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Jakarta Post

City mulls '€˜manual'€™ ERP method

  • Fikri Zaki Muhammadi

    The Jakarta Post

Jakarta   /   Mon, October 7, 2013   /  11:33 am

In the latest effort to reduce the city'€™s frustrating traffic problems, the Jakarta administration says it is studying the feasibility of implementing '€œmanual road pricing'€.

The implementation of electronic road pricing (ERP) will have to wait until the first quarter of 2014 at the earliest as the procurement of the onboard units '€” electronic detectors '€” is still in process.

The City Council is currently preparing the legal work for the move.

Deputy Governor Basuki '€œAhok'€ Tjahaja Purnama said the administration acknowledged the possible delay, but still wanted to take measures immediately to cut the use of private vehicles.

The odd-even license number policy thought to reduce the number of cars on the road has been almost certainly cancelled as administration and police studies show its implementation is not feasible, instead only promoting the purchase of more cars.

'€œWe'€™re discussing the possibility of implementing a manual ERP before the onboard unit procurement finishes. But we'€™re still in talks,'€ Ahok told reporters over the weekend.

Ahok said the proposed system would be similar to ERP, yet the supervision would be done manually. It will require car owners to paste a hologram sticker, which is obtained after paying the '€œroad price'€, on their cars in order to be allowed access to certain roads prone to traffic congestion.

'€œThe sticker can be sold for between Rp 1 million [US$87] and Rp 2 million,'€ Ahok said. '€œIt may be paid monthly, or annually. We will see.'€

The system, if approved, will be implemented in early 2014, after the administration finishes procuring 800 new Transjakarta buses to act as alternatives to using private cars.

To check the validity of the hologram stickers, Ahok said the administration would deploy field officers from the Transportation Agency, with assistance from the police.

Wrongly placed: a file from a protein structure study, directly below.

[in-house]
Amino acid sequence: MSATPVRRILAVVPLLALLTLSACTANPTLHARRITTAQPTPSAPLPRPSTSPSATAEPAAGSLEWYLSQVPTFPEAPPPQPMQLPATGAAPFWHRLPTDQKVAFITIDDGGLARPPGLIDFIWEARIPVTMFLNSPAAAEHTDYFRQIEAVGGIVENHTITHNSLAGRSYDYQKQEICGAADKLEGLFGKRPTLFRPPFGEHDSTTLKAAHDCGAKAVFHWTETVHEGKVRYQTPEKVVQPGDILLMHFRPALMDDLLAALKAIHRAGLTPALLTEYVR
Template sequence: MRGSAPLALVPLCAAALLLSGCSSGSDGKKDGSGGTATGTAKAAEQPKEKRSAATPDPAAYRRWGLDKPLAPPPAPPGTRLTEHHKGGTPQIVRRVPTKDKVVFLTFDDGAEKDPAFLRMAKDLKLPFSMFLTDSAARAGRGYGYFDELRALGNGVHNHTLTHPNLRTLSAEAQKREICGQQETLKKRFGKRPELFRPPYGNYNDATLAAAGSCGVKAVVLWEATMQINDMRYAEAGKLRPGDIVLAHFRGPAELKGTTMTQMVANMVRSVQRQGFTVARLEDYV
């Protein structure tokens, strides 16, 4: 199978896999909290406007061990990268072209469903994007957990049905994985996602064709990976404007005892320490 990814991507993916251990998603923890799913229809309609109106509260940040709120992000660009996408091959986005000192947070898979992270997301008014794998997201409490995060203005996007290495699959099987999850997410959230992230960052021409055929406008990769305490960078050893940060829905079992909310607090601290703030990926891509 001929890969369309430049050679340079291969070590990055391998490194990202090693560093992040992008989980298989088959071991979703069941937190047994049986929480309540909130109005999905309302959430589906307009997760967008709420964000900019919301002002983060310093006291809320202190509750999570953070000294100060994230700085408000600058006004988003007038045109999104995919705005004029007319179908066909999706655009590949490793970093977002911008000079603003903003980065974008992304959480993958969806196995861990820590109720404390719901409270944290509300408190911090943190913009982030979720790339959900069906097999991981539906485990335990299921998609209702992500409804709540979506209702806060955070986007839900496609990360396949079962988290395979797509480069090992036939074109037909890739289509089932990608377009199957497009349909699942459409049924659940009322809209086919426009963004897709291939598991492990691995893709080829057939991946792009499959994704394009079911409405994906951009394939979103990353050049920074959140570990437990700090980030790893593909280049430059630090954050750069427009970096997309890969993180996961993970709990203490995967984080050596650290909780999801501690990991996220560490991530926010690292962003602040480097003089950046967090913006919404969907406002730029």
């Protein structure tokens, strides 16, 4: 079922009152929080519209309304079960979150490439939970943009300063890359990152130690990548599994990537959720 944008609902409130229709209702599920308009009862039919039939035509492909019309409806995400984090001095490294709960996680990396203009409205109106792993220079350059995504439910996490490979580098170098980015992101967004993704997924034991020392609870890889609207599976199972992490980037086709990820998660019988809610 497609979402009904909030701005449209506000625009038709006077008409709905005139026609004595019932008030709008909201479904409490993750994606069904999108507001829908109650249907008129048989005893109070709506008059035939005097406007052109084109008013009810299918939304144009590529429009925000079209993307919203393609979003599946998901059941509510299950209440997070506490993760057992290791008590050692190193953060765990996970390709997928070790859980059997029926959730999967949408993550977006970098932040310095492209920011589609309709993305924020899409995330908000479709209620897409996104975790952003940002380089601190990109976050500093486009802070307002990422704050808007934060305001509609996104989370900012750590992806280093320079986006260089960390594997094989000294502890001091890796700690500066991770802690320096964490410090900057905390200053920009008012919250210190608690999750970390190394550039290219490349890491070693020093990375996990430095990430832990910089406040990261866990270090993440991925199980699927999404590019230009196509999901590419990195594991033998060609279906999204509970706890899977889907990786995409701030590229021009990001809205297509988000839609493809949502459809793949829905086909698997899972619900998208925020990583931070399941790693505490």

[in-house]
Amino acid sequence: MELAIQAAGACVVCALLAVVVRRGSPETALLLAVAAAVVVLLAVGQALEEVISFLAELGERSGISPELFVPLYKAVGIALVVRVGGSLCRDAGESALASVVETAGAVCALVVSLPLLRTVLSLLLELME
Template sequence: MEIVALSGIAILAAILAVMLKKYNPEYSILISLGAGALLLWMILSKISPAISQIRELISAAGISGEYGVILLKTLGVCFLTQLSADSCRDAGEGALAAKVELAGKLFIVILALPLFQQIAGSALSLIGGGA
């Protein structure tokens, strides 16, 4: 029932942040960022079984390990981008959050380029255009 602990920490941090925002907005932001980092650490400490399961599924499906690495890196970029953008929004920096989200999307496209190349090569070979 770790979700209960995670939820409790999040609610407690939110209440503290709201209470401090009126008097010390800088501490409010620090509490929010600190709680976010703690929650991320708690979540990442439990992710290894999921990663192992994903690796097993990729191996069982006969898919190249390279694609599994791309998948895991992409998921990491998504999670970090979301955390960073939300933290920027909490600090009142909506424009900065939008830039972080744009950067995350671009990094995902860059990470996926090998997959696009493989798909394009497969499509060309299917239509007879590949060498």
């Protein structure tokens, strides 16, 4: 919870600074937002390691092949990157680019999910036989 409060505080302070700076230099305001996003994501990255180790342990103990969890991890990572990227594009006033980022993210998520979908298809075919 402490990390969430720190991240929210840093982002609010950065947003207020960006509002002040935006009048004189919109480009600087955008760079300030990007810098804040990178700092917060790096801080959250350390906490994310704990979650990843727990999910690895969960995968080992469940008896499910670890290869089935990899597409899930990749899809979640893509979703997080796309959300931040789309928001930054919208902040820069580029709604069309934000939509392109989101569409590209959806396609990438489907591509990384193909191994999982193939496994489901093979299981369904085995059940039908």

'€œSupervision can be carried out through visual observations or random sweeps. We can use scanners on the cars at parking spots,'€ the deputy governor said.

As for those unable to pay for the stickers, Ahok said he would provide free buses, making it easier for citizens to access the area. The deputy governor was certain this system could gradually push car owners to use public transportation.

To show the administration'€™s commitment to promoting the use of public transportation, Ahok also said he was discussing the option of using rented cars for his civil servants.

He said there was an option to sell the existing cars.

'€œIn really urgent matters, we can rent cars. Otherwise, use buses,'€ he said. '€œThis way, the administration is free from maintenance and depreciation charges too.'€

In another move, the administration will increase the vehicle-ownership transfer fee (BBNKB) next year, thus upping the price of secondhand cars.

Owning more than one car will also become costlier as the progressive tax will be raised, despite the recently-introduced low-cost green car (LCGC) policy.

The BBNKB will be increased to 20 percent of a secondhand vehicle'€™s value, from the current 10 percent, while the progressive tax code will be set at between 2 and 8 percent of the vehicle value, rising from 1.5 percent to 4 percent.

This will impose a 1 to 2 percent tax rate on the first vehicle owned by any individual and 2 to 10 percent on subsequent vehicle purchases.

It has been predicted the LCGC policy will boost car sales by 50,000 in the city, out of a nationwide target of 1.1 million, this year.

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